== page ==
How to Dye Silk Organza
It’s mid-winter, and as usual, I’m back teaching in San Diego at the studio of my friend Cindy Dahlin. One of my students has been working on a very beautiful Valentino-inspired dress – the skirt and bodice are lavender 4-ply silk, and the upper bodice (the area that covers the shoulders and the upper chest) is lavender Alencon lace. While the lace is reasonably strong, it still needs support from an underlining. Silk organza is the perfect choice: it’s lightweight yet firm, and nicely stable. And of course its transparency is key, and it really does need to match the skin tone of the wearer.
Unfortunately, bleached white and even natural white organza – both of which are easy enough to find – look milky against the skin. I used to spend hours searching for just the right shade of silk organza for a particular project. Then one day it occurred to me that it would make far more sense just to dye my own. You can use tea, or even dye that’s made especially for skin tones, but I find that coffee works best. Cindy has often worked with lace that needs to be toned down from bright white, so she’s accustomed to using coffee as a dye. She shared her method with my students and me.
Here’s what you’ll need:
1 – 1-½ c. hot water
3 heaping teaspoons of instant coffee crystals (regular or decaf)
½ tsp. of table salt
1/2 cup white vinegar
silk organza (not polyester)
Here, Cindy is holidng up the white silk organza we’re starting with.
The ingredients you’ll need.
1. Heat the water so that the coffee crystals and the salt will dissolve completely.
2. Mix in the coffee.
3. Add the salt
4. Here is the coffee and salt mixture.
5. Fill the sink (or a bowl, or a basin) with about 2 qts. of warm water and pour the coffee mixture in for bath #1.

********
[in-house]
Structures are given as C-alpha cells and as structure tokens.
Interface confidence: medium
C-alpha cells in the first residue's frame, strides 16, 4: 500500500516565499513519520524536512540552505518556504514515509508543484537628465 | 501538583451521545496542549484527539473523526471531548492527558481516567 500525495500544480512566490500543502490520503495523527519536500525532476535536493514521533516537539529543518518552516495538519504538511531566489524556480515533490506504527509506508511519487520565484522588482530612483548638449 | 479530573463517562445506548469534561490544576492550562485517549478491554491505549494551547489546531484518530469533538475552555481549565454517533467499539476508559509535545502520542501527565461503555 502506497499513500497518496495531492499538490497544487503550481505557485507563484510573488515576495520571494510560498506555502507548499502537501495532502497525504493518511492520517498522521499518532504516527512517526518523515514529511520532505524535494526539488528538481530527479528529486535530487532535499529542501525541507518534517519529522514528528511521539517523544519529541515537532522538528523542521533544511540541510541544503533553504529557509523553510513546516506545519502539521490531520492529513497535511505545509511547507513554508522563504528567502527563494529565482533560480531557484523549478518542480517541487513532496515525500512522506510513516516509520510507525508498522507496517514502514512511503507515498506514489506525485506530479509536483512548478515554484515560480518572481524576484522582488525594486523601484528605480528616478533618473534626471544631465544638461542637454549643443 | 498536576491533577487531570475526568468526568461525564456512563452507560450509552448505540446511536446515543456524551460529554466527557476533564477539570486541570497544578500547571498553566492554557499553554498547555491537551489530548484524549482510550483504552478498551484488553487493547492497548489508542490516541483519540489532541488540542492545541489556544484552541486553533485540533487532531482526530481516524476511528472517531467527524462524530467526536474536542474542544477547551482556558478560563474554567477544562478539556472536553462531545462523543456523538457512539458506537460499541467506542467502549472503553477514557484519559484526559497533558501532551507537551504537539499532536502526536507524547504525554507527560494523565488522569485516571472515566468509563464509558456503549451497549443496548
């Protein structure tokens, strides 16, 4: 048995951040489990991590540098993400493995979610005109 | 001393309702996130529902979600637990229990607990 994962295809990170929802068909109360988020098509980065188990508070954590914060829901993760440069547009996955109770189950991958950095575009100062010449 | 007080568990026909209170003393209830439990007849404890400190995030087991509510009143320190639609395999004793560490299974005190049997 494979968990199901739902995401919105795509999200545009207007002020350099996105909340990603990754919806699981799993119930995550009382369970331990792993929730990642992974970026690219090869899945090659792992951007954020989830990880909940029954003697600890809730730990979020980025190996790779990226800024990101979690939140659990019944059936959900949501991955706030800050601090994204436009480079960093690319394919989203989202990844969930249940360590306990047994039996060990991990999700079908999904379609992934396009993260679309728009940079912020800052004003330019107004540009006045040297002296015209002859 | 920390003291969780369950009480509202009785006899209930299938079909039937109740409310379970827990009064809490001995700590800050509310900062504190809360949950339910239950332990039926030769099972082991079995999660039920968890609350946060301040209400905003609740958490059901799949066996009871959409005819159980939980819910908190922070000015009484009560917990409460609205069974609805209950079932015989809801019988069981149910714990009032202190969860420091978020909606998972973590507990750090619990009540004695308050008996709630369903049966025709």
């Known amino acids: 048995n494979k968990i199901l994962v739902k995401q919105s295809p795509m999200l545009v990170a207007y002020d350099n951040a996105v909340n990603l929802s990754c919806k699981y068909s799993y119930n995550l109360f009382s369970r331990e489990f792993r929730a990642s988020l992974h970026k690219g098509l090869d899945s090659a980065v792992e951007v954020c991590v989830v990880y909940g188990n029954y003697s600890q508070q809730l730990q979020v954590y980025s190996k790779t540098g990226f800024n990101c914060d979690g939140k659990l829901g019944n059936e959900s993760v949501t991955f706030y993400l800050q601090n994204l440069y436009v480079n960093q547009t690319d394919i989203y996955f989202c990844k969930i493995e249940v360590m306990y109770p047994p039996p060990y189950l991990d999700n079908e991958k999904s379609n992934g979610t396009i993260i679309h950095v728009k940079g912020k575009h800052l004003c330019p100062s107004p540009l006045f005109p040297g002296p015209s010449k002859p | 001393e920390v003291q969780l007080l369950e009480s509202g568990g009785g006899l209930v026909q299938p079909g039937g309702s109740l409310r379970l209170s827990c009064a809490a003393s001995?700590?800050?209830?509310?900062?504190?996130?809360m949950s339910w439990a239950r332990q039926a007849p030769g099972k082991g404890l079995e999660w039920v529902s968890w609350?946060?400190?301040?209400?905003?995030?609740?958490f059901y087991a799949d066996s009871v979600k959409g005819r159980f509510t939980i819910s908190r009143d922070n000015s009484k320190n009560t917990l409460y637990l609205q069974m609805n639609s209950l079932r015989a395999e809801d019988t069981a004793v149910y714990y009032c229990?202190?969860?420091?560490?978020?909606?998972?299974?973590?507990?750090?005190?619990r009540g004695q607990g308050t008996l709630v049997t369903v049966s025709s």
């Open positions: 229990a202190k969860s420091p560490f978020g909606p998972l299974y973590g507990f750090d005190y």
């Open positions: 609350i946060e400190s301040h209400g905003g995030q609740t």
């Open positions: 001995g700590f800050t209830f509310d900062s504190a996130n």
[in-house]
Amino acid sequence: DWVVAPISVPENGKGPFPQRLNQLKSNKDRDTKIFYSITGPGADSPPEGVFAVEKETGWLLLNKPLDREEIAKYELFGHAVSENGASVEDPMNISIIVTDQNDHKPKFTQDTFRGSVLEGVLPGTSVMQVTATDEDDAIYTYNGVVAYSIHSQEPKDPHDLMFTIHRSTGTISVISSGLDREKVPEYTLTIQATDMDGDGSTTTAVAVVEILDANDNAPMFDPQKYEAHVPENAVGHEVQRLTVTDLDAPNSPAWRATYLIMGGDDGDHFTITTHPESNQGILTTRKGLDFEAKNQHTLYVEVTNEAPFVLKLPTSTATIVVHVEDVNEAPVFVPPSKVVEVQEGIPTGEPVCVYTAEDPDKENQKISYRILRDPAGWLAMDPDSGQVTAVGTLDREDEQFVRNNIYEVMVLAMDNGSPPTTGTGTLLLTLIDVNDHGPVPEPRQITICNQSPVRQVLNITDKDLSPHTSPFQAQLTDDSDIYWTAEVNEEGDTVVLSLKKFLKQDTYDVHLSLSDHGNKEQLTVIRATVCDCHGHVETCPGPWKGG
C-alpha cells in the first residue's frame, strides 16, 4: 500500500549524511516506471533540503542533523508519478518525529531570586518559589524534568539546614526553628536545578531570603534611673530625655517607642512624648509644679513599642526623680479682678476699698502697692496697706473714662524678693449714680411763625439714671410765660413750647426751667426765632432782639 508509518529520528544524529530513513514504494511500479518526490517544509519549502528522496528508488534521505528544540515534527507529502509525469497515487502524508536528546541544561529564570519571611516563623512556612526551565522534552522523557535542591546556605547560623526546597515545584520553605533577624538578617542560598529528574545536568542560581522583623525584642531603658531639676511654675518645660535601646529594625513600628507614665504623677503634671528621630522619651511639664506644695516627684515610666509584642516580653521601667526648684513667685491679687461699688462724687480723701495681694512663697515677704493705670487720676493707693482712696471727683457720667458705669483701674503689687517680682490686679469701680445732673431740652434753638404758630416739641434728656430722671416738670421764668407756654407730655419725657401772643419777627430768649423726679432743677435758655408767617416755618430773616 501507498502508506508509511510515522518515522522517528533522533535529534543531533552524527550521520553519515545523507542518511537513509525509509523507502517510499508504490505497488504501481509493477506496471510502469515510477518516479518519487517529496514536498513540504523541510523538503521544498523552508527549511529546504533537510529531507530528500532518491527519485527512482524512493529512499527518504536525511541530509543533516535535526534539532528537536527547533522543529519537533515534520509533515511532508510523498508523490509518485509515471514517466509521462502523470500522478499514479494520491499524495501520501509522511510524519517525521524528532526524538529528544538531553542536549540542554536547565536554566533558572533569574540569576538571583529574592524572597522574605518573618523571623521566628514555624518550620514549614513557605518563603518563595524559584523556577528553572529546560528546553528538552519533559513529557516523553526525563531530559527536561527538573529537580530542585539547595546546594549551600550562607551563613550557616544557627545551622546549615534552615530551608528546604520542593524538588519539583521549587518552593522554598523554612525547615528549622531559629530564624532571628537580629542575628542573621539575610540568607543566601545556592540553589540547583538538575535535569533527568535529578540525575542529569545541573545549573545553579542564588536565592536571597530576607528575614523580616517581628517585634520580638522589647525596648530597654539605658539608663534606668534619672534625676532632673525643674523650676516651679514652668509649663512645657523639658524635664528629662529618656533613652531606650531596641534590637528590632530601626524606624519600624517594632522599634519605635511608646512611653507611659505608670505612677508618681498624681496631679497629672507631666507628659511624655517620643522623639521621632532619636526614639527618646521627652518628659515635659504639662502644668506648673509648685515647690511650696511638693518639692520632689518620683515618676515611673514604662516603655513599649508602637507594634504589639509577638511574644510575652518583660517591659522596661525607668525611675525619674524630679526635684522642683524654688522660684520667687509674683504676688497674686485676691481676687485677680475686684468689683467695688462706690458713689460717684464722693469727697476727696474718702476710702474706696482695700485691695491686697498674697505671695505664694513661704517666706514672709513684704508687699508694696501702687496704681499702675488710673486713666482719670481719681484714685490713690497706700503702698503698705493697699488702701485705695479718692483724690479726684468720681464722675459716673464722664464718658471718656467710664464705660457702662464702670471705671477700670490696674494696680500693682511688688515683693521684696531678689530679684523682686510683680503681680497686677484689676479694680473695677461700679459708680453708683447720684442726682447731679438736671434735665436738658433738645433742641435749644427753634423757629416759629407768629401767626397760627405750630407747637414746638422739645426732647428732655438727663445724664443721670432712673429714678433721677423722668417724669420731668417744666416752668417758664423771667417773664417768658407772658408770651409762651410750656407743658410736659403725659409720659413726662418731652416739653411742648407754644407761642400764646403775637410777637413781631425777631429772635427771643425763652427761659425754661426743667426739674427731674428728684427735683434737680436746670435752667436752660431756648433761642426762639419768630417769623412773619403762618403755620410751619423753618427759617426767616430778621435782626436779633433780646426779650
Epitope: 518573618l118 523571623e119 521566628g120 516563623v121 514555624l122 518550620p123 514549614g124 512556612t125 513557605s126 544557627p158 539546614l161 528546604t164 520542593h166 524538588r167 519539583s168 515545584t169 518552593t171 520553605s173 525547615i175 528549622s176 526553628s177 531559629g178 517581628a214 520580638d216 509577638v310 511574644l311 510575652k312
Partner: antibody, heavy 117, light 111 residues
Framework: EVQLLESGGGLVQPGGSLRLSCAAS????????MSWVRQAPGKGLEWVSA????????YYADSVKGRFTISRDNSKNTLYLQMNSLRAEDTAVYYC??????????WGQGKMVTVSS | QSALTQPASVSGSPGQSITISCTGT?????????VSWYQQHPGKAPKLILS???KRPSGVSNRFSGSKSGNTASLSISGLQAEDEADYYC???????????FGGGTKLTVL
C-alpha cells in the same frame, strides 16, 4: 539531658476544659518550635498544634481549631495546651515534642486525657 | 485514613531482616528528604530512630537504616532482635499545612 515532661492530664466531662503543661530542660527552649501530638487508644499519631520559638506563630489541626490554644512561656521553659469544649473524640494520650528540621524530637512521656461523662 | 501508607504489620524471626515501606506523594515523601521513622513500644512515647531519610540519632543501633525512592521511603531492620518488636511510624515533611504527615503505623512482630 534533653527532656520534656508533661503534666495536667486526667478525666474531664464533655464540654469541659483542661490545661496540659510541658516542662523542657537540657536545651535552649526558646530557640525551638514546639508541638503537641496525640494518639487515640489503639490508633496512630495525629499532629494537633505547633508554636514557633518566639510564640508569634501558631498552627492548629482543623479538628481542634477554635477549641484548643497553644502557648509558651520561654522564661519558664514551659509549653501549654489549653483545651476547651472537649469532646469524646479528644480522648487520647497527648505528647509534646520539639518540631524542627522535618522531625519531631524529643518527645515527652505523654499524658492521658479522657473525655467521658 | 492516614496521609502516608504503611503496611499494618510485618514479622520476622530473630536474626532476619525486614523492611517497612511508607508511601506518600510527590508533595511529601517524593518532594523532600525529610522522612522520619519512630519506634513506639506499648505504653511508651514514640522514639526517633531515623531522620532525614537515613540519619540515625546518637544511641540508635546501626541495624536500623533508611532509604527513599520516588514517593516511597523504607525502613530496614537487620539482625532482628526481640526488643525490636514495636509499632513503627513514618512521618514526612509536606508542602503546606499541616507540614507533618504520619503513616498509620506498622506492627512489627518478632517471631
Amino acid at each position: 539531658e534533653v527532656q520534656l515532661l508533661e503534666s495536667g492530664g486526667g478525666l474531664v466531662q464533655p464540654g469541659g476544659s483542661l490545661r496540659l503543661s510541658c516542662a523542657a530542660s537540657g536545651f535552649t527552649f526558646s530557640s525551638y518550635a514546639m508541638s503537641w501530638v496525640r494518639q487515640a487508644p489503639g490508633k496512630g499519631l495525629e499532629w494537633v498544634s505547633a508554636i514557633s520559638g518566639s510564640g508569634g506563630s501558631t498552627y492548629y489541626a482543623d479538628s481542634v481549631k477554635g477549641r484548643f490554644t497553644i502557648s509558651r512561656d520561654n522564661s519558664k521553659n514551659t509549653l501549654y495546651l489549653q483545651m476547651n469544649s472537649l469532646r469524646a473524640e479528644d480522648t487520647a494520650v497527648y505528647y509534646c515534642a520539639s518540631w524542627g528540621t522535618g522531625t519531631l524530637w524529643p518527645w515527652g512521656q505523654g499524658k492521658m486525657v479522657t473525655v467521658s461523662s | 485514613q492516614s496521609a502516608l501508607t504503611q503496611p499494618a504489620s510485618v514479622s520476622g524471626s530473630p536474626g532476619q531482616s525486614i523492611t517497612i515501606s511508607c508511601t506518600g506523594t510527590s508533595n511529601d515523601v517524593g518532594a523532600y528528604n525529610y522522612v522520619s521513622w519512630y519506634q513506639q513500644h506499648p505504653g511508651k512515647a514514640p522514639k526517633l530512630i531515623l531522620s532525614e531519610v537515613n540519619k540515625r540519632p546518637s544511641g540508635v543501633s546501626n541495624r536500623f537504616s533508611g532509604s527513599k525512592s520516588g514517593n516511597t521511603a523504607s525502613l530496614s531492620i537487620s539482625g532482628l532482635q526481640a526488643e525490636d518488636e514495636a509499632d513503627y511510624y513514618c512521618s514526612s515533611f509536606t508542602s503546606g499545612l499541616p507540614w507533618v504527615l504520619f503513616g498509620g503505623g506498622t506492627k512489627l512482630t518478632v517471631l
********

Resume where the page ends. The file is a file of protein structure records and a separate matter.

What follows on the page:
6. Add 1/4 cup of vinegar; it will help set the dye
7. Dip the silk organza in the coffee solution and swish it around.
Let it sit for 30 seconds to a minute, depending on how deep you want the color to be. The stronger the coffee, the deeper the color.
8. Drain the coffee solution and fill the sink with warm water and 1/4 cup of white vinegar for bath #2.
9. Let the fabric sit in the vinegar for 1-2 minutes.
10. Then rinse it and drain the vinegar/water mixture.
11. Fill the sink again with warm water for bath #3 (no vinegar is necessary this time); rinse the silk organza then remove it from the water a final time.
12. Roll the organza in a towel and gently wring out the water to dry it as much as possible. It can then be ironed or air-dried.
Here’s the original white oganza under a piece of Alencon lace; you can see that it looks a little milky. Not only that, it obscures the design of the lace.
Here’s the dyed organza under the same piece of lace; you can see how it disappears against the skin – and the design of the lace is much more visible.
Here’s what we started with and what we ended with.
There are, of course, variations of this method – I’ve heard that letting the fabric dry in the sun deepens the color. And I’d caution to be gentle when wringing out the organza in the towel. While you want to remove the water, you don’t want to disturb the grain of the organza too much (and that’s easy to do if it’s over-manipulated), so easy does it.
And my thanks to Joanne Alkazin for her photographs.
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